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  • Q&A with Australian Health Practitioners

    What is gluten?

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  • Lisa Renn

    Dietitian

    Lisa is an APD with 12 years experience, specialising in helping people identify and change habits that impact negatively on their health. Inspiring change, Lisa … View Profile

    Gluten is a protein associated with wheat, barley and rye (oats by cross contamination). For some people gluten creates an autoimmune response in the body which leads to the destruction of the villi(absorptive surfaces) in the small intestine- as such it is very difficult to absorb nutrients from the food and may also be accompanied by pain and altered bowel habits = coeliac disease. Those who are diagnosed with coeliac disease need to avoid all traces of gluten for life, by doing so the villi can regenerate and the individual can absorb nutrients once again.Coeliac disease diagnosis must be confirmed using a small bowel biopsy.
    There are some people who cannot tolerate wheat and/or gluten but who don't have coeliac disease and the sypmtoms will be described as irritable bowel syndrome or fructose malabsorption. An Accredited Practising Dietitian can help with a low FODMAP diet that will generally isolate those foods that trigger gastrointestinal upsets and reduce symptoms significantly.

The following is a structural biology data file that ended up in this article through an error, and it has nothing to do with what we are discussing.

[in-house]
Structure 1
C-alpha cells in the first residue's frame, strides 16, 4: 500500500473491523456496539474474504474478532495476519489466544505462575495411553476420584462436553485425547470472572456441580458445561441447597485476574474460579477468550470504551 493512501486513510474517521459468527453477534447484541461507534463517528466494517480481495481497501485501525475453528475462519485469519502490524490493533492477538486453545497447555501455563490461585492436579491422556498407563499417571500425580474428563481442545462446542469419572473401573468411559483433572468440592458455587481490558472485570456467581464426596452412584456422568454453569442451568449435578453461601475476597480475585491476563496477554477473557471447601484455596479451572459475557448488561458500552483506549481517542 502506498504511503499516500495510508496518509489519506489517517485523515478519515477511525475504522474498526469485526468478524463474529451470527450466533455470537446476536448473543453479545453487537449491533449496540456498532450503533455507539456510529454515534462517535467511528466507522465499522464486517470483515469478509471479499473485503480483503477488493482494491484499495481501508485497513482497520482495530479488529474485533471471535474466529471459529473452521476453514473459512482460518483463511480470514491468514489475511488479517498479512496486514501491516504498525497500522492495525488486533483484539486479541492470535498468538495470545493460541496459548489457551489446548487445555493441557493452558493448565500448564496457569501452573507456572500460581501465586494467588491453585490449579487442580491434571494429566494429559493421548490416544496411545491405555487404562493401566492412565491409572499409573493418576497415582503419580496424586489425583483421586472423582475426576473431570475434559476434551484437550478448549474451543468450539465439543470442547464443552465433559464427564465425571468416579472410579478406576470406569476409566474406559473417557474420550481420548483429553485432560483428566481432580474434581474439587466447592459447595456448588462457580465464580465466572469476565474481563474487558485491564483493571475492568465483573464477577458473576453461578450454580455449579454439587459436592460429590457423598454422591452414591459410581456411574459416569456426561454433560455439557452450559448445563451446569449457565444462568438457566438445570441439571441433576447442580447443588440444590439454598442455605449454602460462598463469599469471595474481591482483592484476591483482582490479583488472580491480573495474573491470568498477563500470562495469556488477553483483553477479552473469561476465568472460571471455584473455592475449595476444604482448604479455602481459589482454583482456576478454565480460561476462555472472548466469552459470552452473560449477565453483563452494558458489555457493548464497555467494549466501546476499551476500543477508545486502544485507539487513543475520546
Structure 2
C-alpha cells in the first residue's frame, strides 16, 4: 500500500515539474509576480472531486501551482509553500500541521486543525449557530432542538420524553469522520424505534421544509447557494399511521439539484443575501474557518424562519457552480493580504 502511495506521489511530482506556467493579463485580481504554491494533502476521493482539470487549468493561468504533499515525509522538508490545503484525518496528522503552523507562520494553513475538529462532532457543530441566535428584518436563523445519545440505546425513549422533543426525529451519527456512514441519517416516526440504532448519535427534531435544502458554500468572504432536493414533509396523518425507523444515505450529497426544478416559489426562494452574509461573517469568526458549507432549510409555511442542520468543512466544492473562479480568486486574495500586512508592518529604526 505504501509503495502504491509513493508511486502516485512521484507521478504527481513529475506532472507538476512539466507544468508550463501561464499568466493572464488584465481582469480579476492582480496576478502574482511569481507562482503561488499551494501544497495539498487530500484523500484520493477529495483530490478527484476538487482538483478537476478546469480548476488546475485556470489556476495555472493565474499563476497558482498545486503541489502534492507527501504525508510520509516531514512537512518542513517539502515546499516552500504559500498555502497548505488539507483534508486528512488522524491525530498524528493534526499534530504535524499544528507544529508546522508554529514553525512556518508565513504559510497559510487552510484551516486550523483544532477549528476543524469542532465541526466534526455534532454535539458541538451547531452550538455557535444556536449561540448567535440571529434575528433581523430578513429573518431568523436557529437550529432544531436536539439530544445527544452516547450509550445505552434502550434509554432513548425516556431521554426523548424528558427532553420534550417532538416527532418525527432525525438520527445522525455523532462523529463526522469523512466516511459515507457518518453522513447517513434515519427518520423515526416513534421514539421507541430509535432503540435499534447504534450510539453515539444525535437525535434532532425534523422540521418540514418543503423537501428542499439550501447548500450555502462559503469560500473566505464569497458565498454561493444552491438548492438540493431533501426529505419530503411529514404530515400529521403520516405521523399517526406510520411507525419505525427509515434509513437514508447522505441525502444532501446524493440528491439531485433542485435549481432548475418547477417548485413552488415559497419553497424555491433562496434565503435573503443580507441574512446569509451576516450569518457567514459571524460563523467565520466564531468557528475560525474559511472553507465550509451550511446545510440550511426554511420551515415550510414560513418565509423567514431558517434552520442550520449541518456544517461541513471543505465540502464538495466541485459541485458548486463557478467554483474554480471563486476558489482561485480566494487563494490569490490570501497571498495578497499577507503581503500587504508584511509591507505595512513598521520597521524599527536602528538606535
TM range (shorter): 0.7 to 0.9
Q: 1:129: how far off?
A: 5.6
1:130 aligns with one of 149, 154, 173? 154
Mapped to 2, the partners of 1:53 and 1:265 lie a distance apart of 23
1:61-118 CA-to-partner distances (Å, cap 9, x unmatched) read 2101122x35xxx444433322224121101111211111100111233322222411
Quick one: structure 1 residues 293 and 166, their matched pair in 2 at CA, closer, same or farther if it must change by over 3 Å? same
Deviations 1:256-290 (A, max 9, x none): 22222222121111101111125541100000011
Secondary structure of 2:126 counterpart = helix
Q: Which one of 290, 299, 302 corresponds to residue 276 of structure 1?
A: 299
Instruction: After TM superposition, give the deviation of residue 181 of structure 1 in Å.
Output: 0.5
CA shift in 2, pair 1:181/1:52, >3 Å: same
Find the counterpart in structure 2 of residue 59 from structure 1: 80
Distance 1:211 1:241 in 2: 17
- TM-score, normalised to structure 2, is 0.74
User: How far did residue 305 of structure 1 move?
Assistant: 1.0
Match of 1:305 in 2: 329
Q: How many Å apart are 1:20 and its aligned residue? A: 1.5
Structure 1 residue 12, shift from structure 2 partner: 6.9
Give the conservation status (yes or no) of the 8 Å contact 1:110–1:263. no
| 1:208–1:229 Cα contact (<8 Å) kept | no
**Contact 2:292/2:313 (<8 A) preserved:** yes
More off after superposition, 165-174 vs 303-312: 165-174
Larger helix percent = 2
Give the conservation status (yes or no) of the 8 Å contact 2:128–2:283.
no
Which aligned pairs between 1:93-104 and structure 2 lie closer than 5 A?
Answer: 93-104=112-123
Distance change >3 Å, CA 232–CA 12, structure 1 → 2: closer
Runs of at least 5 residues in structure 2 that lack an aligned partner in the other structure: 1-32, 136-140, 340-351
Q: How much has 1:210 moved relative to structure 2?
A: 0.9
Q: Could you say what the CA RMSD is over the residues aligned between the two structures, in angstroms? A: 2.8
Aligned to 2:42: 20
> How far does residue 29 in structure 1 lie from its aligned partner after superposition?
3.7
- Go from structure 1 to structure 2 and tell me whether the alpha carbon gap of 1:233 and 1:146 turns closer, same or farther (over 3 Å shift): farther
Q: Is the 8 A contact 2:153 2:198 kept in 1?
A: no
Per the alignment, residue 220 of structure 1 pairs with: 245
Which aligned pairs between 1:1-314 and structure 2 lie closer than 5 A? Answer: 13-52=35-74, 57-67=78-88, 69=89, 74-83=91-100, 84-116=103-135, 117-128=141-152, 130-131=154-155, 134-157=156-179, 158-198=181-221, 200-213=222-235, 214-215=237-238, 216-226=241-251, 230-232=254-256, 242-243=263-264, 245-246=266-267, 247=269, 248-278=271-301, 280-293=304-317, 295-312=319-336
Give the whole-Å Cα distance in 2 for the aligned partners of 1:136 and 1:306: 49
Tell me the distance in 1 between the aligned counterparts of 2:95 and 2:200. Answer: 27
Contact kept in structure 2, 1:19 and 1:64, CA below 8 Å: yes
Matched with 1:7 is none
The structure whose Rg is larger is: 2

There are no health benefits to avoiding gluten if you have no evidence of coeliac disease and eating wheat does not cause discomfort. Wheat, barley, rye and oats are very healthy grains to include in your diet.
    Good Luck!

  • Ashleigh is an Accredited Practising Dietitian (APD, AN) and registered with the Dietitian's Association of Australia with experience in both clinical and private practice. Ashleigh's … View Profile

    Gluten is the protein found in wheat, rye, barley, oats, and triticale (a cross between wheat and rye). It is present in the following:

    1. Bread, biscuits, cakes, pastries, pies, cereals, pastas and flour.
    2. Manufactured foods - including foods with sauces, foods with thickening agents, sausages, foods coated in flour batter or crumbs.
    3. Unexpected sources -such as medications, Playdough, beer, baking powder

    Gluten damages the lining of the small bowel in people with coeliac disease and dermatitis herpetiformis. The treatment for these conditions is lifelong exclusion of gluten from the diet. All foods and medications need to be gluten free. Foods and medications which are ‘low gluten’ should not be included in your diet.

    If you have any further questions, please seek advice from an Accredited Practising Dietitian.

    Ashleigh

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